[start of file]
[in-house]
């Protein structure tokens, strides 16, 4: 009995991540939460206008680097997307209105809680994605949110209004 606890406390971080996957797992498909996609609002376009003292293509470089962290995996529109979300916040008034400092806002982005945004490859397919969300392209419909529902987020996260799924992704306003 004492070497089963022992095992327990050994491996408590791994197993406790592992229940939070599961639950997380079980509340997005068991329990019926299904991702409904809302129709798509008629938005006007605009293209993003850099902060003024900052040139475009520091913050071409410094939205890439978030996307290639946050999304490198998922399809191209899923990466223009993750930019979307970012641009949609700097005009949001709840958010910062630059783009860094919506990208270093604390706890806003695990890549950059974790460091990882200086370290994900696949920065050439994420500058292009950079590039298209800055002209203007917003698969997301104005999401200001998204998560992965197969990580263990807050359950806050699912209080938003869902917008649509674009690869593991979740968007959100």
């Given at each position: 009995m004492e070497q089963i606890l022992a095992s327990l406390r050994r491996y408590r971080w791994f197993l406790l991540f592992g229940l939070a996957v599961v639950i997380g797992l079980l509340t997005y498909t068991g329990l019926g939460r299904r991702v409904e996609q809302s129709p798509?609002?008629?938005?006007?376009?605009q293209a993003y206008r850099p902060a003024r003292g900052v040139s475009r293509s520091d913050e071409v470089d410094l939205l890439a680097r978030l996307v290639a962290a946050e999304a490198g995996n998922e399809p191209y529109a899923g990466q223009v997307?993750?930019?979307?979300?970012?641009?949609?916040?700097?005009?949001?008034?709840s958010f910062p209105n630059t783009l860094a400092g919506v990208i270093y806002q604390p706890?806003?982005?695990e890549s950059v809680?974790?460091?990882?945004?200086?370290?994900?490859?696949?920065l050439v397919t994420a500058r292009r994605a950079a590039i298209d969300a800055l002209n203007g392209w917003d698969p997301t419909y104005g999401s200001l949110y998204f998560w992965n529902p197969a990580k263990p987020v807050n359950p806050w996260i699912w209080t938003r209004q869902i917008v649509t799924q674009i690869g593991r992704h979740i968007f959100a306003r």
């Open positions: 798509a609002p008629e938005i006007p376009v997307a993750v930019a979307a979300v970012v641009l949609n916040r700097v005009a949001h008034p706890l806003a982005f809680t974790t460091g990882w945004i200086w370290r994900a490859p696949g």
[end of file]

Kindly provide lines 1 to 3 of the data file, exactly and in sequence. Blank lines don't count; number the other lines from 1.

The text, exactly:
[in-house]
């Protein structure tokens, strides 16, 4: 009995991540939460206008680097997307209105809680994605949110209004 606890406390971080996957797992498909996609609002376009003292293509470089962290995996529109979300916040008034400092806002982005945004490859397919969300392209419909529902987020996260799924992704306003 004492070497089963022992095992327990050994491996408590791994197993406790592992229940939070599961639950997380079980509340997005068991329990019926299904991702409904809302129709798509008629938005006007605009293209993003850099902060003024900052040139475009520091913050071409410094939205890439978030996307290639946050999304490198998922399809191209899923990466223009993750930019979307970012641009949609700097005009949001709840958010910062630059783009860094919506990208270093604390706890806003695990890549950059974790460091990882200086370290994900696949920065050439994420500058292009950079590039298209800055002209203007917003698969997301104005999401200001998204998560992965197969990580263990807050359950806050699912209080938003869902917008649509674009690869593991979740968007959100």
């Given at each position: 009995m004492e070497q089963i606890l022992a095992s327990l406390r050994r491996y408590r971080w791994f197993l406790l991540f592992g229940l939070a996957v599961v639950i997380g797992l079980l509340t997005y498909t068991g329990l019926g939460r299904r991702v409904e996609q809302s129709p798509?609002?008629?938005?006007?376009?605009q293209a993003y206008r850099p902060a003024r003292g900052v040139s475009r293509s520091d913050e071409v470089d410094l939205l890439a680097r978030l996307v290639a962290a946050e999304a490198g995996n998922e399809p191209y529109a899923g990466q223009v997307?993750?930019?979307?979300?970012?641009?949609?916040?700097?005009?949001?008034?709840s958010f910062p209105n630059t783009l860094a400092g919506v990208i270093y806002q604390p706890?806003?982005?695990e890549s950059v809680?974790?460091?990882?945004?200086?370290?994900?490859?696949?920065l050439v397919t994420a500058r292009r994605a950079a590039i298209d969300a800055l002209n203007g392209w917003d698969p997301t419909y104005g999401s200001l949110y998204f998560w992965n529902p197969a990580k263990p987020v807050n359950p806050w996260i699912w209080t938003r209004q869902i917008v649509t799924q674009i690869g593991r992704h979740i968007f959100a306003r």